C9 Hotelworks has released their new Hua Hin Hotel Market Update.
Get insights into Thailand’s hottest accommodation market over the past 16 months and what’s coming in terms of new hotels and infrastructure. While family-friendly branded hotels are hot, will the airport expansion allow the destination to come into the mainstream?
The US-based Outrigger Hospitality Group has bought three hotels in Phuket, Koh Samui and Khao Lak.
A portfolio deal, the properties had been under Manathai and will be converted to Outrigger.
The new names of the hotels will be Outrigger Koh Samui Beach Resort, Outrigger Khao Lak Beach Resort and Phuket Manathai by Outrigger.
Given the continued downturn in Thailand’s hospitality market, it’s expected that a rise in hotel sales will be seen in the 3rd and 4th quarter of this year.
For Outrigger, the acquisition marks the return of the brand to the country, specifically in Phuket and Koh Samui where in the past it sold two assets.
The Pavilions Hotels & Resorts Group is set to debut a new experience-based brand Explorar in Southern Thailand.
First off the blocks is the 24-key Explorar Pawap in Koh Mook, which is a conversion.
An October opening this year is planned.
Koh Mook is accessed from Trang or by ferry from Phuket or Koh Lanta and is one of Thailand’s newest emerging destinations.
For more about Explorar go to explorarhotels.com
Comparing major Southern Thai resort destinations, Krabi is one that historically balances well between the international and domestic markets.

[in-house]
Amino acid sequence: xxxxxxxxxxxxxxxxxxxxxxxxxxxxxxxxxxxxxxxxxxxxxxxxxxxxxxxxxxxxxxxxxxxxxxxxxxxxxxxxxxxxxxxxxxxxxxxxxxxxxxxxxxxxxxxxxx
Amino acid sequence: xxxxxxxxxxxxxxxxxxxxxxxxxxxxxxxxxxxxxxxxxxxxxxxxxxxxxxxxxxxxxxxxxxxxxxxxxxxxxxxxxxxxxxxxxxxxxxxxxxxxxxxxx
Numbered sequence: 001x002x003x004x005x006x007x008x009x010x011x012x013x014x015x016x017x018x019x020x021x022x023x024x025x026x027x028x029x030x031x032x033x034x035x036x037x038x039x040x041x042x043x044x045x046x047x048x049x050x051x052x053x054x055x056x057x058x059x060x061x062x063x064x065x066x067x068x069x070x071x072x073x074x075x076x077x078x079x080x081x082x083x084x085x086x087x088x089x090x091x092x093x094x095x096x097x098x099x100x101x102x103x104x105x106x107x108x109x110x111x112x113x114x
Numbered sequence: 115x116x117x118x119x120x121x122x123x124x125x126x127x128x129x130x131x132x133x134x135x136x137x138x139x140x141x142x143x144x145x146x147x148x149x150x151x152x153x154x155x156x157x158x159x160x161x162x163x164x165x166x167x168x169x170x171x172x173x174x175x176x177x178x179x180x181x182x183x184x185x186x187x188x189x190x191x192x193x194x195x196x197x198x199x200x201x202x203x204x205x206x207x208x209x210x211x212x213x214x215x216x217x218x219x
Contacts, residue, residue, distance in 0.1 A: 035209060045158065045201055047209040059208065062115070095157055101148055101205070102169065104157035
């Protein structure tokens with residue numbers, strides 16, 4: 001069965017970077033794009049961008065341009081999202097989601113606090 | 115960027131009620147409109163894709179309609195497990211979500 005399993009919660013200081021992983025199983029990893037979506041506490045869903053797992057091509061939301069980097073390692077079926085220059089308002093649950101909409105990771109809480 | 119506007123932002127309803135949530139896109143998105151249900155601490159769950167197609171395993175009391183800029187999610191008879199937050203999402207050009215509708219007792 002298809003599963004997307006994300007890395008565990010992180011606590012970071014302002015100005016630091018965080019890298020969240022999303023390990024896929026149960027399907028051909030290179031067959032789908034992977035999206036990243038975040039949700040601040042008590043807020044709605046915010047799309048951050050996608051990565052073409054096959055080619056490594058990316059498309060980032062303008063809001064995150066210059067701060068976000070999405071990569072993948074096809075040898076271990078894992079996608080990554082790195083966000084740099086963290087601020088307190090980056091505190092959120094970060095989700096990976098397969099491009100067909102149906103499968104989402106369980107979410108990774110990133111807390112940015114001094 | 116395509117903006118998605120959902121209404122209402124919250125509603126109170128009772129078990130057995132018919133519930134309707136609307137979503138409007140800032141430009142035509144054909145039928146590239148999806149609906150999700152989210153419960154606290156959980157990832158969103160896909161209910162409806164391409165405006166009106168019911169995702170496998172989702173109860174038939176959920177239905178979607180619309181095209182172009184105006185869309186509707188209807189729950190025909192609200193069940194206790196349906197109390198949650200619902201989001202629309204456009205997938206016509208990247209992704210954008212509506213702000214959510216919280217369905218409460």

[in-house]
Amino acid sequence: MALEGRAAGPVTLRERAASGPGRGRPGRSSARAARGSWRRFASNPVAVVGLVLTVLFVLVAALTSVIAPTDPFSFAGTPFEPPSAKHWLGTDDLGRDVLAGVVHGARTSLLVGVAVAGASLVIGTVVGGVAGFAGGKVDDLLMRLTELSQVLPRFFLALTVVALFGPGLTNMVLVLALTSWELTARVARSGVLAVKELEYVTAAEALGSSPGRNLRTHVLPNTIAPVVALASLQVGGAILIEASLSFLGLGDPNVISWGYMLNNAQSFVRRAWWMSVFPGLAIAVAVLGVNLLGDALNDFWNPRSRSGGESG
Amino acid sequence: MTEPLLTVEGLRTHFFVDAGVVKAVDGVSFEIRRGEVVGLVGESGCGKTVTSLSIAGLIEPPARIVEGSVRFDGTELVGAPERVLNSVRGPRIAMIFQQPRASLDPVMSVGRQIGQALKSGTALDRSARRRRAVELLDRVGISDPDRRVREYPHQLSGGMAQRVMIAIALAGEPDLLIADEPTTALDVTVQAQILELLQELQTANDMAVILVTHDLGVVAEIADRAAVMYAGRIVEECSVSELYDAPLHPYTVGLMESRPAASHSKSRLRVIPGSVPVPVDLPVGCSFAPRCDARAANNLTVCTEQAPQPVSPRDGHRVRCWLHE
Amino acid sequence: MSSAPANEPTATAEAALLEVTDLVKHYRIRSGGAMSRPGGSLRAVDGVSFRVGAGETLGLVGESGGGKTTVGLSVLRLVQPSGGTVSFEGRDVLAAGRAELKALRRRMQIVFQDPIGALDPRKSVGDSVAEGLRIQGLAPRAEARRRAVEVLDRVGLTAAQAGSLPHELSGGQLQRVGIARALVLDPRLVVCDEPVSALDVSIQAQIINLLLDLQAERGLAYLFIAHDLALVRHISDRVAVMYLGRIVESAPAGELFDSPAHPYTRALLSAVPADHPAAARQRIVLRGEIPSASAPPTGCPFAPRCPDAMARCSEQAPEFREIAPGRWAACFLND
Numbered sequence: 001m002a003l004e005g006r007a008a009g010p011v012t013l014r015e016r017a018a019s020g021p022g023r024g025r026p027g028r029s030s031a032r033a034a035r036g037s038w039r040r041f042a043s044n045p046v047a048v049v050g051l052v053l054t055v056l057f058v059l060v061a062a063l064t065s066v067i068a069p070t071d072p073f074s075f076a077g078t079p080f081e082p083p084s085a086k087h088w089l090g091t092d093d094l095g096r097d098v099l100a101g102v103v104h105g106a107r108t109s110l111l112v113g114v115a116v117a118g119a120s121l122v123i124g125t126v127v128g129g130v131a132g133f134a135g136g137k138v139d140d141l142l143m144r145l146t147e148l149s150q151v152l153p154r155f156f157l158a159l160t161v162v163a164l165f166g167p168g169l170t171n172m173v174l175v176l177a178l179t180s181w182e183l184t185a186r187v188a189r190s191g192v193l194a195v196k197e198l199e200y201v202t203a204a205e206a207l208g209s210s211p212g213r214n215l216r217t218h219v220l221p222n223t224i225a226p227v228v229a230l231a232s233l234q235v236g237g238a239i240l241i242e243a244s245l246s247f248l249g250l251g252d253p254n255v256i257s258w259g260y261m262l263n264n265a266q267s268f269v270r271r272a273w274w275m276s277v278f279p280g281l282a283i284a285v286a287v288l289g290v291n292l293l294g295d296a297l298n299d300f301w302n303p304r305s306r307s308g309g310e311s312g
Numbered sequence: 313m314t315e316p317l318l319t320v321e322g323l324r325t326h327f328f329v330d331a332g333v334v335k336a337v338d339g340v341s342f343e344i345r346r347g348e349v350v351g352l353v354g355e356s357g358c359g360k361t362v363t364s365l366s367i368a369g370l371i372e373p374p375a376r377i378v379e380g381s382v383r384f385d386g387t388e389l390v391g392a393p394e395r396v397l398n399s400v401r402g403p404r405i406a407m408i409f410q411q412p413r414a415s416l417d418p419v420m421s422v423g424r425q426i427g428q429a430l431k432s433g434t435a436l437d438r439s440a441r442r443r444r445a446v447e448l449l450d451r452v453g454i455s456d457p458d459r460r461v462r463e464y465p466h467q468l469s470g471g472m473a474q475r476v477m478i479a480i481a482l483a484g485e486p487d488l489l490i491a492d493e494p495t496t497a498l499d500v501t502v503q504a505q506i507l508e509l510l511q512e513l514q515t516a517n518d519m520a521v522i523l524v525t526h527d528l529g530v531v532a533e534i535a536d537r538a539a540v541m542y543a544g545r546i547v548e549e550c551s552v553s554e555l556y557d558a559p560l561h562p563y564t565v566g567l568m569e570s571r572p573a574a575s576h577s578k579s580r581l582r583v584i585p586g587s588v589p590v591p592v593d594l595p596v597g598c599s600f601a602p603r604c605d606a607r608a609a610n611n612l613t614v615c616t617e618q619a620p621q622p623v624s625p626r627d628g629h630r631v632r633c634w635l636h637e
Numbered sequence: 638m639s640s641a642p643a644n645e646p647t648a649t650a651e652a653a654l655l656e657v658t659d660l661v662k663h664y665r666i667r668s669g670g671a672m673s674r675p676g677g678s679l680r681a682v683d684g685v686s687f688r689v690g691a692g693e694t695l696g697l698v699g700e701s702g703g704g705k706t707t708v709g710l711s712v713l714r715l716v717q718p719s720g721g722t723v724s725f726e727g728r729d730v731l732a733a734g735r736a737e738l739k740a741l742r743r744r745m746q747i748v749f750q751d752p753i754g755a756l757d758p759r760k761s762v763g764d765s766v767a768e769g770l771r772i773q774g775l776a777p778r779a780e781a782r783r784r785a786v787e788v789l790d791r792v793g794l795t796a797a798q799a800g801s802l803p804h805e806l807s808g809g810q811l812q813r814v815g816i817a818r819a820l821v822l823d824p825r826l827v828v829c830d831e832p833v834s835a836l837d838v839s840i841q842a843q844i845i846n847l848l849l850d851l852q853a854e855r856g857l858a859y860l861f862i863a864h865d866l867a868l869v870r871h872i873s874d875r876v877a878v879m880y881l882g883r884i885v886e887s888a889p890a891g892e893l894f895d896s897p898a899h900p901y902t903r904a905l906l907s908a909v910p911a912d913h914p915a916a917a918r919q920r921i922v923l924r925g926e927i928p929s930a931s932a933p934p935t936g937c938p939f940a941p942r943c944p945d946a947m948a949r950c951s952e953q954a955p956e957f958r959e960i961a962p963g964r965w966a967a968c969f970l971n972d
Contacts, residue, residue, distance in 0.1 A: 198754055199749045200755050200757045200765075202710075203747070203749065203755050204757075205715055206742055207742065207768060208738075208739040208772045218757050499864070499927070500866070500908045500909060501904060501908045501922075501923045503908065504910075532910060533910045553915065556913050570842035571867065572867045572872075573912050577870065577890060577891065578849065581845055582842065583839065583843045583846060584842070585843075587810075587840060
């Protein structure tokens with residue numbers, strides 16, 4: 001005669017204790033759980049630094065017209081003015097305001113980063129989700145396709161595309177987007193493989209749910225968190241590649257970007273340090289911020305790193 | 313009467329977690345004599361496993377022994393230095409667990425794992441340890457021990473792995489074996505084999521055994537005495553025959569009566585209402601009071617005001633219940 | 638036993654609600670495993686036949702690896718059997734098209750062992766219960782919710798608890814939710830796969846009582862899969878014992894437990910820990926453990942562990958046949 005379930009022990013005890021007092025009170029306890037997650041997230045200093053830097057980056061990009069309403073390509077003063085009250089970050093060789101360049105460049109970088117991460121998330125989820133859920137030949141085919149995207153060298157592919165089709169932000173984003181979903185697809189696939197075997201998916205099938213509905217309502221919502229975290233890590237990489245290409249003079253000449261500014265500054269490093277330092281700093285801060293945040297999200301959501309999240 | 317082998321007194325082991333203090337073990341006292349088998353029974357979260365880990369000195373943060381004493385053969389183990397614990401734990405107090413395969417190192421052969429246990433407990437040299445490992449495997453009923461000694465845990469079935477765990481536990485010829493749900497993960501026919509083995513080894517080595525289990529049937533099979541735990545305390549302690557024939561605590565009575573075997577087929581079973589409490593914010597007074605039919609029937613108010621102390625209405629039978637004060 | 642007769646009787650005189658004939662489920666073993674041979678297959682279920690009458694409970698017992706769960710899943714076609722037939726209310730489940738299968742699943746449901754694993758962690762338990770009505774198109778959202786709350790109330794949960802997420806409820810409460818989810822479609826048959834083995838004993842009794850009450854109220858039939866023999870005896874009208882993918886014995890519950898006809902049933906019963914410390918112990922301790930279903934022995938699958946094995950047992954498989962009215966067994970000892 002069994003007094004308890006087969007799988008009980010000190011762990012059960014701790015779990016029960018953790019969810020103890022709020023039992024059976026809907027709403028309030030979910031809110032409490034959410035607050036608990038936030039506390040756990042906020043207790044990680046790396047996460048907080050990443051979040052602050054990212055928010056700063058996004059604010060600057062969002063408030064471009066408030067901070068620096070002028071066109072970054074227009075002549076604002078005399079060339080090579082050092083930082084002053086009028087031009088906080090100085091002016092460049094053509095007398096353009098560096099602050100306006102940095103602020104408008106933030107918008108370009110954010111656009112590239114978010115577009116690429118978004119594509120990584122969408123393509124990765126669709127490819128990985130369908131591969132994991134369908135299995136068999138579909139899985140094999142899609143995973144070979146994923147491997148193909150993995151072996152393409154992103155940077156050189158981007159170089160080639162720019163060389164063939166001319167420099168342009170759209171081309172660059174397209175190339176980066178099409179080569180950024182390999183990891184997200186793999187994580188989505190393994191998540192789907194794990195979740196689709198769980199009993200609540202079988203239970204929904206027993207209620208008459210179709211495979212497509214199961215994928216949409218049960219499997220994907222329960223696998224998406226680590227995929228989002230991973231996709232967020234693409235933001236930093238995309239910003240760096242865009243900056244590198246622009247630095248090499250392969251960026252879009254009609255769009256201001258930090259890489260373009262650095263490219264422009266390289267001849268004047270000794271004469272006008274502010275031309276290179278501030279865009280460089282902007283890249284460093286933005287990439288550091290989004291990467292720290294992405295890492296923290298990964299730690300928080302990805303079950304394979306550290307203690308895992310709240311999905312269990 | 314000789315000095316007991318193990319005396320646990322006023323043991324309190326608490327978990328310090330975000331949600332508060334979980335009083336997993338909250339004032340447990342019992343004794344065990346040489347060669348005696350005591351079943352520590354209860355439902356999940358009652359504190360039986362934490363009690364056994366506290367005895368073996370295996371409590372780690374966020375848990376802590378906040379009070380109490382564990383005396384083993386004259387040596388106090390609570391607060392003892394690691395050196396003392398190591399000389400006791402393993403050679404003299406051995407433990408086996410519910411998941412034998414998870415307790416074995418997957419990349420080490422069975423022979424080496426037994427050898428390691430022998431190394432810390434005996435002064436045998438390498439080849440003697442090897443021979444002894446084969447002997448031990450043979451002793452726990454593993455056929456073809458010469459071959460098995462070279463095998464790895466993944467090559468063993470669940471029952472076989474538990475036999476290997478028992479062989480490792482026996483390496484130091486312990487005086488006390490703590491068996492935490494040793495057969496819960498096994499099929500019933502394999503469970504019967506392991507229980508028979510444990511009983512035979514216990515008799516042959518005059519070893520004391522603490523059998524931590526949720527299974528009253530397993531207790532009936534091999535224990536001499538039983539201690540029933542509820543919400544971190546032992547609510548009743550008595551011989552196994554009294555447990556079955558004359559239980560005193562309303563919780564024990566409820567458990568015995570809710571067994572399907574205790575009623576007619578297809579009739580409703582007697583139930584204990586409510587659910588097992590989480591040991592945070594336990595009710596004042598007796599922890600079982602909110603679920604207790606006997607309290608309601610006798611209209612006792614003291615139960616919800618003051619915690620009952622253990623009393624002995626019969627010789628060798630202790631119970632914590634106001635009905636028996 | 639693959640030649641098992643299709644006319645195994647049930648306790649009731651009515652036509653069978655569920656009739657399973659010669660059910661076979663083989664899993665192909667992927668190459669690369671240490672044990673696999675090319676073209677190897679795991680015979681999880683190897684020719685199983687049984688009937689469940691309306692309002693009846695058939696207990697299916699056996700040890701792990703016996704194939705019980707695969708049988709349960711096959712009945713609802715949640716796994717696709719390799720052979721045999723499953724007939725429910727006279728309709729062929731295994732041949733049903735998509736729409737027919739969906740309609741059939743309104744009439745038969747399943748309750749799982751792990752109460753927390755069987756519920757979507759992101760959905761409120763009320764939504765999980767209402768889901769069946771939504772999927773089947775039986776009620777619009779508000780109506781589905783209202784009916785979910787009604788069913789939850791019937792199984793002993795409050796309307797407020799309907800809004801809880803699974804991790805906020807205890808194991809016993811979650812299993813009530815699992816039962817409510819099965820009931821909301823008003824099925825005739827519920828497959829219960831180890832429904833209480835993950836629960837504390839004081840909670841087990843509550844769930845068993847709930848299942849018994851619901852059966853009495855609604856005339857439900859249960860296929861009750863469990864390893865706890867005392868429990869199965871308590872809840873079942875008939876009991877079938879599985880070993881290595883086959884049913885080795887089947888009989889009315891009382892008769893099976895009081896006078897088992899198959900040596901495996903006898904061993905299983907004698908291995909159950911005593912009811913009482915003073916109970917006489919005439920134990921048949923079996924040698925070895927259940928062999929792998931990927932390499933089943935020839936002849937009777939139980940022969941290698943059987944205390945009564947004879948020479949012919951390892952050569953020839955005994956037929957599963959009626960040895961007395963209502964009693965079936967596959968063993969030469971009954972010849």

In the new Krabi Hotel Market Update from C9 Hotelworks, we take a look back at pre-Covid trading to examine from what point hoteliers hope tourism will upcycle towards recovery and what will the trends be.
During the domestic-led past year, it has been interesting to see how the destination with it’s resort-centric, nature-based attractions has fared well in comparison to other resort areas in the South of the country.
One thing that is for certain is Krabi is a dynamic fit for post-Covid-19 travel and is likely to tap a strong share of demand as nature becomes the new luxury icon for travel.
To download and read the full report, click on the following link
A key part of the upcoming Phuket Sandbox reopening process is the requirement for incoming international travelers to stay in an SHA Plus hotel for 14 days, or shorter if only visiting the island. Those who want to travel onward to other destinations in Thailand can proceed after a 14-day period.
As travelers are scrambling for information, the current situation is that next Tuesday the government cabinet will meet to give final approval for the Sandbox, and in the following days, a Royal Gazette issued that clearly outlines the rules.
For readers who want to more about SHA Plus establishments in Phuket, they can go to the following link:
We have heard much speculation about hotels pushing high rates or the misconception that this is a quarantine process and will be expensive. Given hotels at every star level are now rushing to get approval, it’s probable rates will be at highly affordable levels.
There has been some confusion about the original Amazing Thailand Safety and Health Administration (SHA) certification and the present SHA Plus. All island tourism establishments need to look at the SHA Plus program in order to gain certification.
One issue that has cropped up is that of unlicensed hotels applying and this continues to be a sticking point for groups like the Thailand Hotels Association (THA) and other similar groups who believe the industry much adhere to government-mandated rules.